Travel tips for Scotland
Updated: Jan 22
Do you love wild landscapes, hiking, heritage, bagpipes, kilts, history, ghost stories, highland cows, and the freedom to drive in a car where you want to go on? Then a Scotland road trip is in your future!
I have driven through Scotland twice
- Once from Edinburgh to the Fairy Pools and back to Edinburgh- length of time 5 days in October
- Once from Glasgow to the Fairy Pools to Inverness to Edinburgh- length of time 7 days in June
Here's my advice for the best possible road trip: Go in June for daylight until 11pm...and drive from Edinburgh (stay for 3 days), to Inverness (2 days), Isle of Skye (2 days), to Glasgow (1 day).
Keep reading for advice on car rentals and driving, accommodations, hiking, and experiences to make this your best trip ever!
1) Car Rental:
First of all...do you get motion sickness from being in a car for days? Do you feel the earth sway if you go up and down dozens of mountains in a car? This might not be the trip for you. The highlands are very bendyyyy! There aren't a lot of bridges or tunnels (we only went over maybe two bridges that weren't in cities and zero tunnels to be found), so you will be driving around a lot of bends on very small single lane passing roads when you get really far out there. I have only been carsick maybe twice in my life, and I even got car sick on day 4 in the isle of Skye on our way to kilt rock after Tim was yelling Weeheee around one of the hundreds of bends we had taken that morning!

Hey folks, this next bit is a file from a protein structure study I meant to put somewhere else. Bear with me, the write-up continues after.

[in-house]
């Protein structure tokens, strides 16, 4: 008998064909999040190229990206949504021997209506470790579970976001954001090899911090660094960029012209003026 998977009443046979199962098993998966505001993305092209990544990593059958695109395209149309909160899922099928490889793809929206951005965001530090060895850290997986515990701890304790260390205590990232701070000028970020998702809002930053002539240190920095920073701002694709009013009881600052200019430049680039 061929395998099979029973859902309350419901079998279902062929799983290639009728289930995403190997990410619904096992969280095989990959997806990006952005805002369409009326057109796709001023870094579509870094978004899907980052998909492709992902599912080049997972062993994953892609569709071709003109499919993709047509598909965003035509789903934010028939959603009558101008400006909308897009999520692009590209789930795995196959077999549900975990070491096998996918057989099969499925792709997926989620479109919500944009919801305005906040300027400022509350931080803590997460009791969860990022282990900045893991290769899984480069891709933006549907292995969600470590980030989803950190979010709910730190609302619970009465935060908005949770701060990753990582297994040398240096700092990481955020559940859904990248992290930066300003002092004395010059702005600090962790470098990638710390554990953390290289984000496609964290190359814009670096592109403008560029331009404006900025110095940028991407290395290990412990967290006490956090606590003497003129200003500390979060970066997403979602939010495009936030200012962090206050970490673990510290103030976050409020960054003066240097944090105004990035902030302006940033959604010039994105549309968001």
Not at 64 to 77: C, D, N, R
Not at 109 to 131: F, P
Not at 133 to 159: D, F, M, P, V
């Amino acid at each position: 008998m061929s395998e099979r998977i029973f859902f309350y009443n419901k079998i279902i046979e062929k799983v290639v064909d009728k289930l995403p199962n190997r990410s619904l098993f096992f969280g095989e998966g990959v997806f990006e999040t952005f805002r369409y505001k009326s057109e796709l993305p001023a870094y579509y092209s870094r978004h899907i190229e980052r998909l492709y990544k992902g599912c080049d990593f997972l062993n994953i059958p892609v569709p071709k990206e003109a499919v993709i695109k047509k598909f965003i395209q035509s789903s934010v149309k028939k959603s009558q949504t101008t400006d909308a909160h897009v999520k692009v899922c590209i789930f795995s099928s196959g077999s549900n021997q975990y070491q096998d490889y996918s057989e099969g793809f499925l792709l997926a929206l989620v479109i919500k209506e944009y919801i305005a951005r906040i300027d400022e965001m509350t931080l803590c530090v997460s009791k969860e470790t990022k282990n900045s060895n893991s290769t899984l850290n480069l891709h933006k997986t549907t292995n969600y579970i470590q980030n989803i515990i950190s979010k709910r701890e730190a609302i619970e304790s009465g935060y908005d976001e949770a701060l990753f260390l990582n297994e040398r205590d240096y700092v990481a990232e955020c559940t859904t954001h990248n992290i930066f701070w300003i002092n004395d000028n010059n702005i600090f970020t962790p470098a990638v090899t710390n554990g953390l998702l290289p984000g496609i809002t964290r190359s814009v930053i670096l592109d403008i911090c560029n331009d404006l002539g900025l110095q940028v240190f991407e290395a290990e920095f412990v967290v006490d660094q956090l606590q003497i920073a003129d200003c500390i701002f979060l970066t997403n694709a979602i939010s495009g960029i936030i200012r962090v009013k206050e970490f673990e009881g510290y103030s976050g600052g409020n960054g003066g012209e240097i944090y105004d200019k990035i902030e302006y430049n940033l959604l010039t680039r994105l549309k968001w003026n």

For our first trip to Scotland we rented a 4 door ford and the second trip we rented a Volvo SUV....I for one prefer the SUV if you are going to get way out there and go off the highway into some hiking trails. You don't need to rent a tiny car for the roads to pass, and I feel the SUV is safer and made our whole trip more comfortable.
LEFT LEFT LEFT. When you are driving on the left side of the road and going through a million turn abouts....just chant left left left as you buzz through the turn about on the highway. They even have a handy sticker in the window for us as a reminder. It takes some getting used to, but if I can drive in a major city and highway on the left side of the road by myself.....you absolutely can! I just kept saying to myself "hug the white line" to stay centered...and when I was driving with Tim as the passenger he was screaming "hug the white line" at me while gripping the dashboard and having a panic attack! Remember, If you get an automatic you will have to shift with your left hand, which Tim had not problem with at all.